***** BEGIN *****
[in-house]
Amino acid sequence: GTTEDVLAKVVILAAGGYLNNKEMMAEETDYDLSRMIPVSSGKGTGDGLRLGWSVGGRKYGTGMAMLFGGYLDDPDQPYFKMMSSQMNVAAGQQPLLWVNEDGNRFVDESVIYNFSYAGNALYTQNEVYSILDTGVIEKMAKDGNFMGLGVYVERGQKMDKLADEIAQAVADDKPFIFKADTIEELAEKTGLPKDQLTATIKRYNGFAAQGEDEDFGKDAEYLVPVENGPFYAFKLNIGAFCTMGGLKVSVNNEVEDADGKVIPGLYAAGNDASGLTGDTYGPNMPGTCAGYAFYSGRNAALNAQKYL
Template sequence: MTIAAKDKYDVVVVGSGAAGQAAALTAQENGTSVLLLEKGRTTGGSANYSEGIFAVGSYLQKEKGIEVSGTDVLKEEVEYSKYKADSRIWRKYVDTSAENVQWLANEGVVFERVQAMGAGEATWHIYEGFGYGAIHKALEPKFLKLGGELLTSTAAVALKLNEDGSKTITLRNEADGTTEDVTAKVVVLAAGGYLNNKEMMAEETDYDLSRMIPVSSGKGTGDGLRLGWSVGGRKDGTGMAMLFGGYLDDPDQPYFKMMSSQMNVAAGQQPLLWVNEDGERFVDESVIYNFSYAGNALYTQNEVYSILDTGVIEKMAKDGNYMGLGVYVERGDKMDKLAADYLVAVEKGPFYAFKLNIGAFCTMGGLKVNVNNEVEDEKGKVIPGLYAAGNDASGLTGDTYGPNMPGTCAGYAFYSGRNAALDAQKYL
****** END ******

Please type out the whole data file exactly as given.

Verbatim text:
[in-house]
Amino acid sequence: GTTEDVLAKVVILAAGGYLNNKEMMAEETDYDLSRMIPVSSGKGTGDGLRLGWSVGGRKYGTGMAMLFGGYLDDPDQPYFKMMSSQMNVAAGQQPLLWVNEDGNRFVDESVIYNFSYAGNALYTQNEVYSILDTGVIEKMAKDGNFMGLGVYVERGQKMDKLADEIAQAVADDKPFIFKADTIEELAEKTGLPKDQLTATIKRYNGFAAQGEDEDFGKDAEYLVPVENGPFYAFKLNIGAFCTMGGLKVSVNNEVEDADGKVIPGLYAAGNDASGLTGDTYGPNMPGTCAGYAFYSGRNAALNAQKYL
Template sequence: MTIAAKDKYDVVVVGSGAAGQAAALTAQENGTSVLLLEKGRTTGGSANYSEGIFAVGSYLQKEKGIEVSGTDVLKEEVEYSKYKADSRIWRKYVDTSAENVQWLANEGVVFERVQAMGAGEATWHIYEGFGYGAIHKALEPKFLKLGGELLTSTAAVALKLNEDGSKTITLRNEADGTTEDVTAKVVVLAAGGYLNNKEMMAEETDYDLSRMIPVSSGKGTGDGLRLGWSVGGRKDGTGMAMLFGGYLDDPDQPYFKMMSSQMNVAAGQQPLLWVNEDGERFVDESVIYNFSYAGNALYTQNEVYSILDTGVIEKMAKDGNYMGLGVYVERGDKMDKLAADYLVAVEKGPFYAFKLNIGAFCTMGGLKVNVNNEVEDEKGKVIPGLYAAGNDASGLTGDTYGPNMPGTCAGYAFYSGRNAALDAQKYL